avatorShanthi Kirubakaran

Repetition and child development in montessori education

Repetition is an essential element in child development within the Montessori educational approach. The age-old saying "practice makes perfect" applies particularly well to young children, as repeating activities and exercises helps them learn new skills, acquire knowledge, and achieve success.

For example, when a child is learning to walk, they repeat the process of crawling, standing, and taking steps until they can walk confidently. Similarly, in order to master other skills, such as reading or writing, repetition is necessary.

Repetition doesn't only mean repeating the same activity over and over again. It can take many forms, such as reading the same story multiple times, playing games that repeat a skill, learning from a peer, or passively observing other children as they learn. Additionally, repetition can also come from routine and predictability in the environment. When children know what to expect, they feel safe and secure, which allows them to focus on learning.

The science behind repetition is that it helps create neural connections in the brain. In adults, these connections are well-developed through repetition and practice, allowing them to do things with ease. In children, repetition helps them develop these connections and learn new skills.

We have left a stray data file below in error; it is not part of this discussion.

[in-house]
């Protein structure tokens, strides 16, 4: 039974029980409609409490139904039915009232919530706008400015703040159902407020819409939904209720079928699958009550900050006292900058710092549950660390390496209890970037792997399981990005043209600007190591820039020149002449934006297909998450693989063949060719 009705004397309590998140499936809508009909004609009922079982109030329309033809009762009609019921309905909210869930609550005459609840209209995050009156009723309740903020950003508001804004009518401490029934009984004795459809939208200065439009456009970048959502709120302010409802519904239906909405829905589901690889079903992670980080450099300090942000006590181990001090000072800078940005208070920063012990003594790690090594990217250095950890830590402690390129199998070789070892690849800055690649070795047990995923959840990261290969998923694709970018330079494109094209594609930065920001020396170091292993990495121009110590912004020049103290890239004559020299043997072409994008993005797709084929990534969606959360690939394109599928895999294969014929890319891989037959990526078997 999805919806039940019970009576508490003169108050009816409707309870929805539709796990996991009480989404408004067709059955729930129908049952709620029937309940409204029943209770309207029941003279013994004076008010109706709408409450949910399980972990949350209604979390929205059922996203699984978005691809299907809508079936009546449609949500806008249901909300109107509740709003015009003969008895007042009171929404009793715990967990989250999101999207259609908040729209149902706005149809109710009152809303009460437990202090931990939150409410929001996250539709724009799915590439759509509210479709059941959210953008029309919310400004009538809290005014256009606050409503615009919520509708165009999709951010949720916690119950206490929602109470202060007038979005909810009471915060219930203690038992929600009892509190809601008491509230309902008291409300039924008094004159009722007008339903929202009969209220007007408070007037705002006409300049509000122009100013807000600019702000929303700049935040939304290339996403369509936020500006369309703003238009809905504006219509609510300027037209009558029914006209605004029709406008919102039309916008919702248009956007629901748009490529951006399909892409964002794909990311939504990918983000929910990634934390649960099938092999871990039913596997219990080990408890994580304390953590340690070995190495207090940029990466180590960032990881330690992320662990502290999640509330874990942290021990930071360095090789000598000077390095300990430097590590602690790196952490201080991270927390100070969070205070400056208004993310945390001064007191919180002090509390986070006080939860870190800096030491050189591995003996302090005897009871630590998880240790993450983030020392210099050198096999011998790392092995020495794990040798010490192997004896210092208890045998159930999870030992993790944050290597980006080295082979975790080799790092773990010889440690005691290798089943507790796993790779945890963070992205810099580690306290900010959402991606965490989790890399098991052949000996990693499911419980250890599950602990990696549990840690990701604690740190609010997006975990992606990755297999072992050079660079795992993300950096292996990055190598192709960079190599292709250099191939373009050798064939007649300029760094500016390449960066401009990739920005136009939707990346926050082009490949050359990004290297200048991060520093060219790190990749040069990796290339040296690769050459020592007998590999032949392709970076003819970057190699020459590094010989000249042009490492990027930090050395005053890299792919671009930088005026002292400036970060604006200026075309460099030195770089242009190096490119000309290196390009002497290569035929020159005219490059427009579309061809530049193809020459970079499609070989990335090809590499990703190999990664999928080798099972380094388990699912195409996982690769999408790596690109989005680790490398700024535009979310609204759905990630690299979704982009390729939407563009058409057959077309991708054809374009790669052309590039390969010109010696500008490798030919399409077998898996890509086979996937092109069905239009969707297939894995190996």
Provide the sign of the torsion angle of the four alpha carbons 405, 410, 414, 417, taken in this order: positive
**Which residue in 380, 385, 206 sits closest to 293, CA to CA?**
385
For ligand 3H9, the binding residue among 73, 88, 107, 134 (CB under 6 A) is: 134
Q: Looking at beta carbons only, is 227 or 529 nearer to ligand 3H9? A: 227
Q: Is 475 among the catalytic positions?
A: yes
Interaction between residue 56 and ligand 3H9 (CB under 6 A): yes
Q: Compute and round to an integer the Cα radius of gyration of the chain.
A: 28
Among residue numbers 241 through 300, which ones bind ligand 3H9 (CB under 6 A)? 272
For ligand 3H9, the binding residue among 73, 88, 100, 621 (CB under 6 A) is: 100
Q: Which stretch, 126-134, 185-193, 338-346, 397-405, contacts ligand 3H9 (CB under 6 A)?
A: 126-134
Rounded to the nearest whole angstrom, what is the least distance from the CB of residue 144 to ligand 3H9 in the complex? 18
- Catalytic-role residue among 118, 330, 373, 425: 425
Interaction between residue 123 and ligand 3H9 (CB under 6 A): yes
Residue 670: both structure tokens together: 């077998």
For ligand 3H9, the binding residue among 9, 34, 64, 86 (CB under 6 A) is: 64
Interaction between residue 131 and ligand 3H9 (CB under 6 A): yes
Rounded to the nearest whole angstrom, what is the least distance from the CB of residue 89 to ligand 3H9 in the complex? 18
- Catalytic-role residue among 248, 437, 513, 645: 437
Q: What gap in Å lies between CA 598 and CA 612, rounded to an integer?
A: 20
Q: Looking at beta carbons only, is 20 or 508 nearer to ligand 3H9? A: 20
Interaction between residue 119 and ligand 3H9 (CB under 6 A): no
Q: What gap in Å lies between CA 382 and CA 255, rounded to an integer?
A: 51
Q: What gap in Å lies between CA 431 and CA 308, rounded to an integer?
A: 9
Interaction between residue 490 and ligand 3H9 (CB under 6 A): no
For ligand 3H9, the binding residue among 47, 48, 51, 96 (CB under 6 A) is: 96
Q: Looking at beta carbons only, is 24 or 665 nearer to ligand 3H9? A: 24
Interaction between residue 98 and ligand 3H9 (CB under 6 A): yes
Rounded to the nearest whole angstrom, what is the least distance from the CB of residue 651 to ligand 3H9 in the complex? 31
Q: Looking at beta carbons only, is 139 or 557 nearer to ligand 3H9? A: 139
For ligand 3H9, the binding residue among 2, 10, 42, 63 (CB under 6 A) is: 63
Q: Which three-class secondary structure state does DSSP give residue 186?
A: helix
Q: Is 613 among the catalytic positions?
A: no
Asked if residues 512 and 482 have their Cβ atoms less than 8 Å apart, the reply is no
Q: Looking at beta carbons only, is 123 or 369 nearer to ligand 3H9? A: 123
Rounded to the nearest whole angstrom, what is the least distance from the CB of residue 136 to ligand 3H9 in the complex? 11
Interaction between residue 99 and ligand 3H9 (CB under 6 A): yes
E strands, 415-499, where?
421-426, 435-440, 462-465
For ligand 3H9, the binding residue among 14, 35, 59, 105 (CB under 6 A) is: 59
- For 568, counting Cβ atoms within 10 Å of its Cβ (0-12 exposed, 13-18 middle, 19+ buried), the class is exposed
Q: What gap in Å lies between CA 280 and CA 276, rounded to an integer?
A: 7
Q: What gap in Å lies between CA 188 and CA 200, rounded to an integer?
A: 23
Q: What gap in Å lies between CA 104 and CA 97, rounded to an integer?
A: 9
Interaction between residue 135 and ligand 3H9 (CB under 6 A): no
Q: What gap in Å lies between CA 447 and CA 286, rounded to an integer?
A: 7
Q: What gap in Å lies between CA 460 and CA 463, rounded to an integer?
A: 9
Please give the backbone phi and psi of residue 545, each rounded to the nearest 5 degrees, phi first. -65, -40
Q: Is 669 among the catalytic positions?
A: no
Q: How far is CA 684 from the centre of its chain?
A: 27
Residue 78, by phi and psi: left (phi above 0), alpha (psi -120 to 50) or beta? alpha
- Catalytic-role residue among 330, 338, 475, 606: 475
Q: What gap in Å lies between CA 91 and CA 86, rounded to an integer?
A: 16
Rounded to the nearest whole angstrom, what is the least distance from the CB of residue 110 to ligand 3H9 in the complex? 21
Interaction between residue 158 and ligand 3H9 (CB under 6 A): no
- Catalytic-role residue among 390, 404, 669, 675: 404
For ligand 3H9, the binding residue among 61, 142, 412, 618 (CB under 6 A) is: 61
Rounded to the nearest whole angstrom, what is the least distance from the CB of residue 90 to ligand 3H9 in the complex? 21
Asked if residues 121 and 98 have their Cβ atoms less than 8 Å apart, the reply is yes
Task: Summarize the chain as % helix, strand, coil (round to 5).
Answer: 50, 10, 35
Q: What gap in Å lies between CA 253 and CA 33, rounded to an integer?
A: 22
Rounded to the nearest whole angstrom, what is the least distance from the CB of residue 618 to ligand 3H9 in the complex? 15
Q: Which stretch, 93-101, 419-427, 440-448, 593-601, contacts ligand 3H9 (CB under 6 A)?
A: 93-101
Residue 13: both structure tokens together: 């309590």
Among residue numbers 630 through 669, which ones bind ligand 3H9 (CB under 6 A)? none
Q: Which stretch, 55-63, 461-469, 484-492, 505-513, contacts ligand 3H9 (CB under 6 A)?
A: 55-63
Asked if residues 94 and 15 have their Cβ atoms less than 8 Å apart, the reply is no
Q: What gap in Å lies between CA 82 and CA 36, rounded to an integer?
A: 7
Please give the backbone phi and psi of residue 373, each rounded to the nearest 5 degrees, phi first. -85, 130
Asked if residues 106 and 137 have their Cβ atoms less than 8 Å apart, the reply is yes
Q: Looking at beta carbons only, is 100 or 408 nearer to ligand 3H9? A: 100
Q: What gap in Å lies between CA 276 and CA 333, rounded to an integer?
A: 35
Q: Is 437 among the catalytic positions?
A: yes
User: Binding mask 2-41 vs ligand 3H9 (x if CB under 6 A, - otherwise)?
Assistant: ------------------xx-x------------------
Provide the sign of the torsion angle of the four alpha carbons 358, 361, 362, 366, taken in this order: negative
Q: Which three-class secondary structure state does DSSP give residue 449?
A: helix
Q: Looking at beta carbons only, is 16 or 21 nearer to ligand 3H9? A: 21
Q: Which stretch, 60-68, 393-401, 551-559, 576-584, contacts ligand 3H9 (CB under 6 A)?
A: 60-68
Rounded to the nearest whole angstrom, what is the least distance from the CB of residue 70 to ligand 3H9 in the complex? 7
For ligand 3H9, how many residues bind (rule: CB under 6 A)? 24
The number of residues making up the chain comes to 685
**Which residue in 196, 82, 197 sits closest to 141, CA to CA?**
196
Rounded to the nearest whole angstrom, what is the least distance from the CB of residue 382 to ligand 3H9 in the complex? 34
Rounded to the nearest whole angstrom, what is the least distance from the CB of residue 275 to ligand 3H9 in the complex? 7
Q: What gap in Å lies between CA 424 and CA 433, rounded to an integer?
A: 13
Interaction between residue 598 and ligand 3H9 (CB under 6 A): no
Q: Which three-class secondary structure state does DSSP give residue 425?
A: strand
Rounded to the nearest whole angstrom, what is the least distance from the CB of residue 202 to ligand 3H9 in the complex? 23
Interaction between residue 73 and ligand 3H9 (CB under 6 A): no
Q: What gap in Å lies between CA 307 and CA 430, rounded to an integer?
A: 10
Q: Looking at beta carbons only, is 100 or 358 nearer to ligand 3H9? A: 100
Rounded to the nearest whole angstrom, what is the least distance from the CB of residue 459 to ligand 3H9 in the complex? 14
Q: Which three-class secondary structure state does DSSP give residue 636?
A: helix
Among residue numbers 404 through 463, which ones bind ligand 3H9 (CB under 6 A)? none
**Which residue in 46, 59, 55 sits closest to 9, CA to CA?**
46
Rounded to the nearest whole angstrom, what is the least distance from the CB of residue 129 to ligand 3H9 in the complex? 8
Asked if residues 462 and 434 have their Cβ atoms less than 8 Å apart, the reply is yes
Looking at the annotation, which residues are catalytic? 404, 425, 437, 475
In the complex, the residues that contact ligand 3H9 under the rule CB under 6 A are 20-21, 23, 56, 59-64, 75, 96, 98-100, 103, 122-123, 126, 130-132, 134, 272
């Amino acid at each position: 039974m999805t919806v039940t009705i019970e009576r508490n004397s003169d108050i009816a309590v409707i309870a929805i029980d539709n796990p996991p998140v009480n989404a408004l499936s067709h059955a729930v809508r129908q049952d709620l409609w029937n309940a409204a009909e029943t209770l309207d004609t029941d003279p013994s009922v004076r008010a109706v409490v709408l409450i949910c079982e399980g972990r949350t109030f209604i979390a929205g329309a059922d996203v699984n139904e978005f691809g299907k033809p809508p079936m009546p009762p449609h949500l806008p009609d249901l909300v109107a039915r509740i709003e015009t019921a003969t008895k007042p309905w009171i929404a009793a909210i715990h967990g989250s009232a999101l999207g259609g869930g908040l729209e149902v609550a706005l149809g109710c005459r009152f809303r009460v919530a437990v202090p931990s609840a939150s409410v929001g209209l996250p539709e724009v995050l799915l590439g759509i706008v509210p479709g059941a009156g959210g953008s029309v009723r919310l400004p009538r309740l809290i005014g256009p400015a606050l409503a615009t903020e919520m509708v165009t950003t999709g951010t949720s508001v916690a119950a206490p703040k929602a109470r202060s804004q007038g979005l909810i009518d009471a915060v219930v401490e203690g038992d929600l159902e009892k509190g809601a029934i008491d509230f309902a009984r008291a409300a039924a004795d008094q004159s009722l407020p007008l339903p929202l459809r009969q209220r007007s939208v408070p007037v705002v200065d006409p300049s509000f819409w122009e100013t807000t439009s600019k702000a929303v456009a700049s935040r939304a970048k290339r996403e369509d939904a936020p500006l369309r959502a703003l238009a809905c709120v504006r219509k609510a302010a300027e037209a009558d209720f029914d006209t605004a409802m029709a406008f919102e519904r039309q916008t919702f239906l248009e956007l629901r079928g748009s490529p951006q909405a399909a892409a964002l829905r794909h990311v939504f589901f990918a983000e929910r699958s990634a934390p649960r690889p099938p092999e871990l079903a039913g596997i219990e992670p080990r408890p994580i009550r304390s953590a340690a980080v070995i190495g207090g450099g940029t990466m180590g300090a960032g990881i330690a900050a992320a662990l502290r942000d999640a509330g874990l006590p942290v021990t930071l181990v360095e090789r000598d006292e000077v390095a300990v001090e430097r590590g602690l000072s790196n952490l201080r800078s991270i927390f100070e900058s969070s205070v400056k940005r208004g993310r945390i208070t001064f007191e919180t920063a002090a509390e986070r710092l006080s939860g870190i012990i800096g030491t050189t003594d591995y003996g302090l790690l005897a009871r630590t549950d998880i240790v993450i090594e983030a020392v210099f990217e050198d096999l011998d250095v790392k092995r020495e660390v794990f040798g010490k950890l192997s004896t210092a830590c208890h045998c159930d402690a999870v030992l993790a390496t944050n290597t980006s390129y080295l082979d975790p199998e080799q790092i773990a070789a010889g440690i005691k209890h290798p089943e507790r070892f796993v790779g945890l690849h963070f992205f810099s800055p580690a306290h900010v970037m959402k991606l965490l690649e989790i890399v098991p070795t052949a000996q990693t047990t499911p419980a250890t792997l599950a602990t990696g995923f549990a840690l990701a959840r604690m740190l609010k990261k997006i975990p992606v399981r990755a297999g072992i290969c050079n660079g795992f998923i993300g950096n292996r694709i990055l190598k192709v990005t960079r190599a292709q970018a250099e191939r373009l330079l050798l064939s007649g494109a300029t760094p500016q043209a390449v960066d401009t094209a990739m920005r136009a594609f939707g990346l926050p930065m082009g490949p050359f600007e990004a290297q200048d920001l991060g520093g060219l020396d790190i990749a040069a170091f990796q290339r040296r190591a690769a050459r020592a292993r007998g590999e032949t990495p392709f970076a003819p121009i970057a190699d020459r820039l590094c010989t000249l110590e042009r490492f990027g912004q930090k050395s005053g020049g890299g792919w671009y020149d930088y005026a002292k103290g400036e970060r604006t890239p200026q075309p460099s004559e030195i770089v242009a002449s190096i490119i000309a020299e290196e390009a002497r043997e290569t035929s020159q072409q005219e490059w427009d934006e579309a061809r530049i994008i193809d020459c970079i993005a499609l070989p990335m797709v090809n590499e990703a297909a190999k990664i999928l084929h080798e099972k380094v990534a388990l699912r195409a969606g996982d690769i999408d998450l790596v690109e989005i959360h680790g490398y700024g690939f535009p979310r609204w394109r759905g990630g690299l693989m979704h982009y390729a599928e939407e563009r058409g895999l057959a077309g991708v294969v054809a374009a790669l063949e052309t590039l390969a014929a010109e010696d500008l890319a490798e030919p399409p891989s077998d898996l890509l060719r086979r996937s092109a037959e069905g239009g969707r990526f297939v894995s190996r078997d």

Montessori education recognizes the importance of repetition in child development. The Montessori approach is designed to support repetition and practice through materials and activities that are specifically tailored for this purpose, as well as a predictable and orderly environment.
Repetition is also considered as a key symptom of ‘sensitive periods’ in

Montessori, which are times when children are most willing and able to learn a particular skill or knowledge area.

In Montessori, repetition is seen as the key to perfection, and by providing children with opportunities to repeat and practice, they are able to develop the skills and knowledge that they need for success in life.
Moreover, repetition not only helps in developing cognitive skills, but also improves the physical coordination, self-discipline, critical thinking, and internalization of concepts. It also develops the child's intelligence through higher order repetition, such as synthesis, analysis, and application.

In conclusion, repetition is an important element of Montessori education that helps children to learn and grow in an optimal environment. It is through repetition that children develop the skills, knowledge, and confidence they need for success in life.

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